Writing about ‘what’s on’ is a young person’s game. Look at the Guardian Guide, with its slavish devotion to niche musicians you’ve never heard of and easy way with slang so laughably unfamiliar you suspect they’ve invented it (also see: The Skinny.) These publications are written by actual young people who care intensely about these things, with a few good fakers trying to hide in the back. And they should be. They know what they are talking about.
When I started this blog, I was young. I had just arrived in this city and was on a mission to map Manchester’s every hidden hangout, coolest surprise, weirdest place. I stayed up all night, so many nights, dancing around rusty machinery in an old cotton mill and then tumbling out into the bleak Mancunian dawn. I saw every important movie on release and plenty of not-remotely-important ones too. I had an insatiable appetite for new music, could go to three or four gigs in a week, and I didn’t even care if there was comfortable seating. Theatre press nights, restaurant launches, readings, art exhibition openings – any occasion attracting the same dubious band of Manc bohemians conjured, as if by magic, with the sound of the cork popping on a bottle of Barefoot (hey guys) – I was there, talking and swigging free horrible wine and going on to the pub to drink and argue and laugh some more, while smoking approximately 46 fags at once. But that was almost ten years ago. Much shit has happened.
So here’s my confession: I am not young. I am not cool, if ever I was. I am not urban. My finger isn’t exactly on the pulse. I listen to Radio 3 just as often as I listen to 6Music. I’m 40 years old, with two children who aren’t even babies anymore. I don’t really drink, and never do drugs or smoke anymore. I go to bed before 10, and get up at 6:30. If it's not on television before 10, I'm not going to see it until I grudgingly shell out for a secondhand box set years after everyone stopped talking about it. I watch Countryfile while wearing fleece (mostly for the excellent, in-depth weather report. But still.) Getting me to leave my house in the farthest reaches of exurbia on a January night, even for a trip down to the pub on the corner with some mates I adore, is like chiselling a barnacle off a rock.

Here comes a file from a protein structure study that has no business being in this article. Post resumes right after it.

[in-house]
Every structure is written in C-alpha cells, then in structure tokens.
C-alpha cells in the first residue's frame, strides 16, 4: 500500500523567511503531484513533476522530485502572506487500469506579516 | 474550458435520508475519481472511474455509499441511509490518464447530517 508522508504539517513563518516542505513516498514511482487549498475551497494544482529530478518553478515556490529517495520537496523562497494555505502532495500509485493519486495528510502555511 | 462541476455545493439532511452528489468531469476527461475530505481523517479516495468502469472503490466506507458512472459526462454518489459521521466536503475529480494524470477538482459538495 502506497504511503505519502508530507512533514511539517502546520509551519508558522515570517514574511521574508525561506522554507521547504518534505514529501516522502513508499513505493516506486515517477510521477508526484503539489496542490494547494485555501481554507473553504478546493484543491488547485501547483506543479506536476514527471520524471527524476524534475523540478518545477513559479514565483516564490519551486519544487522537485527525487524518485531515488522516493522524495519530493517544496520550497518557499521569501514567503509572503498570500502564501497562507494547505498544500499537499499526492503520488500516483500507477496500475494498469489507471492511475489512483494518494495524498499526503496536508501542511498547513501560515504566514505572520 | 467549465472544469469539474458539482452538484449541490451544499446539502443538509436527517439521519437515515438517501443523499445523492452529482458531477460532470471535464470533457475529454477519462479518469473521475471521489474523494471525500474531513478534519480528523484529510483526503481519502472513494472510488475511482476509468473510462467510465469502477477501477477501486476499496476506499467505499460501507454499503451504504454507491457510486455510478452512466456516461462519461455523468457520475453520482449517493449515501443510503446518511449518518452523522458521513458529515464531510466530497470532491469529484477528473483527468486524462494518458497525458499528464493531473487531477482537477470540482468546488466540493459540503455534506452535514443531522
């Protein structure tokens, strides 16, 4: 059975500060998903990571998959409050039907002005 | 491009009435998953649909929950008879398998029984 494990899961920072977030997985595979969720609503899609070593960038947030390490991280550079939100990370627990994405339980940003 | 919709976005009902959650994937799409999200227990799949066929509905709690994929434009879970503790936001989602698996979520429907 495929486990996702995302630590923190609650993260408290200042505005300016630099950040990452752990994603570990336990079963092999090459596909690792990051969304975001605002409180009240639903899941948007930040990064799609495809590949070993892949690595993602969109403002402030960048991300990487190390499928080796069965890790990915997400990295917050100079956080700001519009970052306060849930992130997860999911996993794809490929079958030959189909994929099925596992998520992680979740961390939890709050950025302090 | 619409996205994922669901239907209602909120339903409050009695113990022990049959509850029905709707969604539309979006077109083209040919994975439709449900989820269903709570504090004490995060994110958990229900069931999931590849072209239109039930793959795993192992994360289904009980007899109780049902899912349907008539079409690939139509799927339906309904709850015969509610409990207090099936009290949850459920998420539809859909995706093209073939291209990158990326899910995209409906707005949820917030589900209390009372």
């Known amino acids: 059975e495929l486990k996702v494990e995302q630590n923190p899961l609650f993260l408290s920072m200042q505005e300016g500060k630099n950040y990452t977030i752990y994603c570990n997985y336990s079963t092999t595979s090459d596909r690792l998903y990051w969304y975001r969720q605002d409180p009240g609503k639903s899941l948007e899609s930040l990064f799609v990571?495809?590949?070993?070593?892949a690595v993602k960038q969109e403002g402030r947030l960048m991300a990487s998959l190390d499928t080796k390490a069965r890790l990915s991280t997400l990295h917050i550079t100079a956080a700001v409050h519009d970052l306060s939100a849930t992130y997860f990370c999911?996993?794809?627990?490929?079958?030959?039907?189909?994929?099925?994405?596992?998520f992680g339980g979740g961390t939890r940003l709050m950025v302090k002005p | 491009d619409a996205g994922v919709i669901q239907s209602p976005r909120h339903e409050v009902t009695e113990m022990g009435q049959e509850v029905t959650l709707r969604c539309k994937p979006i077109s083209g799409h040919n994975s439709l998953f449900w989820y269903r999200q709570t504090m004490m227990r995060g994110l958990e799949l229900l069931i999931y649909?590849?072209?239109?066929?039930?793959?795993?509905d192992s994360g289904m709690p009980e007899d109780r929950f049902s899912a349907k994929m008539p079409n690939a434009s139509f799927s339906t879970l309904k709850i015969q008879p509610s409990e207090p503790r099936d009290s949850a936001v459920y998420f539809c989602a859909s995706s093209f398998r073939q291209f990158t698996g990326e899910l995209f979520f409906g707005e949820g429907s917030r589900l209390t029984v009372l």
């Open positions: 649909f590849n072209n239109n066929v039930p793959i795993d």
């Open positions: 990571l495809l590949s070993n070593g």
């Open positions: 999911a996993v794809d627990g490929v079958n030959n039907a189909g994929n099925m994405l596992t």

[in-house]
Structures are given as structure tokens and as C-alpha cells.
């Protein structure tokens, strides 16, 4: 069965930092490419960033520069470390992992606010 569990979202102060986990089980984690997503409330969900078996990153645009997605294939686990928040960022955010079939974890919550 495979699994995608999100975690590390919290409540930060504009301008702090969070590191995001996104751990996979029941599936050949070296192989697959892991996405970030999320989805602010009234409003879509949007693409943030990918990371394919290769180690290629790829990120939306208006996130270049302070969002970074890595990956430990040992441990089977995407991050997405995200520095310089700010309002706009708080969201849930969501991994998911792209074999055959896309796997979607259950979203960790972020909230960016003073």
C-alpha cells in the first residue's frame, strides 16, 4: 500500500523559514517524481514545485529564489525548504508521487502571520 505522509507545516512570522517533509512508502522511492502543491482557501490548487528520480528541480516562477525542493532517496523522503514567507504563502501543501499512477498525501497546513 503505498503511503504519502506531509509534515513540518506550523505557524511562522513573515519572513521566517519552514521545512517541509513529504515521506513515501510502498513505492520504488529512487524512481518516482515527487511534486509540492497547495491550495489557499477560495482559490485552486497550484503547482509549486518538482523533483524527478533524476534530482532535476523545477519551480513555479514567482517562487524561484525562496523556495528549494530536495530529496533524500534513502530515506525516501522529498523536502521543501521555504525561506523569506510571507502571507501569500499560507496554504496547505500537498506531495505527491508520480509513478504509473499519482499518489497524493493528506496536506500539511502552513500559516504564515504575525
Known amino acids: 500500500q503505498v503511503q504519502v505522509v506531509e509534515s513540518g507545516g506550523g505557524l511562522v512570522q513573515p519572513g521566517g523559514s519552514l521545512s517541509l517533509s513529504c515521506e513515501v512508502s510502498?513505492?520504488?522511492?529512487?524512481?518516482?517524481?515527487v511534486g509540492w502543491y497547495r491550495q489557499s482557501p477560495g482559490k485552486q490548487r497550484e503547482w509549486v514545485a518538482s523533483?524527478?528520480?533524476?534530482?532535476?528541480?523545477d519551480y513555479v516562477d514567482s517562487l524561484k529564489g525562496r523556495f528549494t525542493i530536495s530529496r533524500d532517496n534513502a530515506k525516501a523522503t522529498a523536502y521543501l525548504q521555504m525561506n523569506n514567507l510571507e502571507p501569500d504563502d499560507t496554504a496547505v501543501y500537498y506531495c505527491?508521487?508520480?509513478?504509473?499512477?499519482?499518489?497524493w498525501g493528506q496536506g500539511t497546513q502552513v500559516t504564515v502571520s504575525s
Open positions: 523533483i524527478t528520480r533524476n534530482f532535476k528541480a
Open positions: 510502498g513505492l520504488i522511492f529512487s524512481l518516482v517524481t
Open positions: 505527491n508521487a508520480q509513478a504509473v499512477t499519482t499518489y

The irony is, now that I’m settled in the hills, I get invited to everything. In UK blog years, Manchizzle (est. 2005) is like the Domesday Book, so I am on every PR list in creation. And then there’s the fact that my day job is also writing about interesting things to do and see and eat in Manchester. So for the past couple of years, the old/reclusive thing, plus the fact that I get paid to write Manchizzle posts for a living (just not here), has meant that I haven’t had much to say on this blog.
I feel like a fraud writing posts like this last one. Because those events were all genuinely enticing ways to spend an evening and I desperately wanted to go to each one of them. Just not as much as I wanted to sit in my perilously cosy red armchair and reread Gaudy Night for the 17th time. I didn’t go to them, and I knew I wouldn’t when I wrote that. But I still wrote about them, so that maybe you could go to them, if you wanted to. But there might be less of that on here for a while.
I’m not saying culture is only for the young. Hell no! It’s just that I’m hunkered down for the winter, and going through a hermitty time in my life, so it seems fake and distasteful to write a blog that doesn’t reflect that. I have no desire to break up with the 'chizz, and I miss blogging more often. So this blog may increasingly not do what it says on the tin.
Image: Guilherme Kardel via Flickr.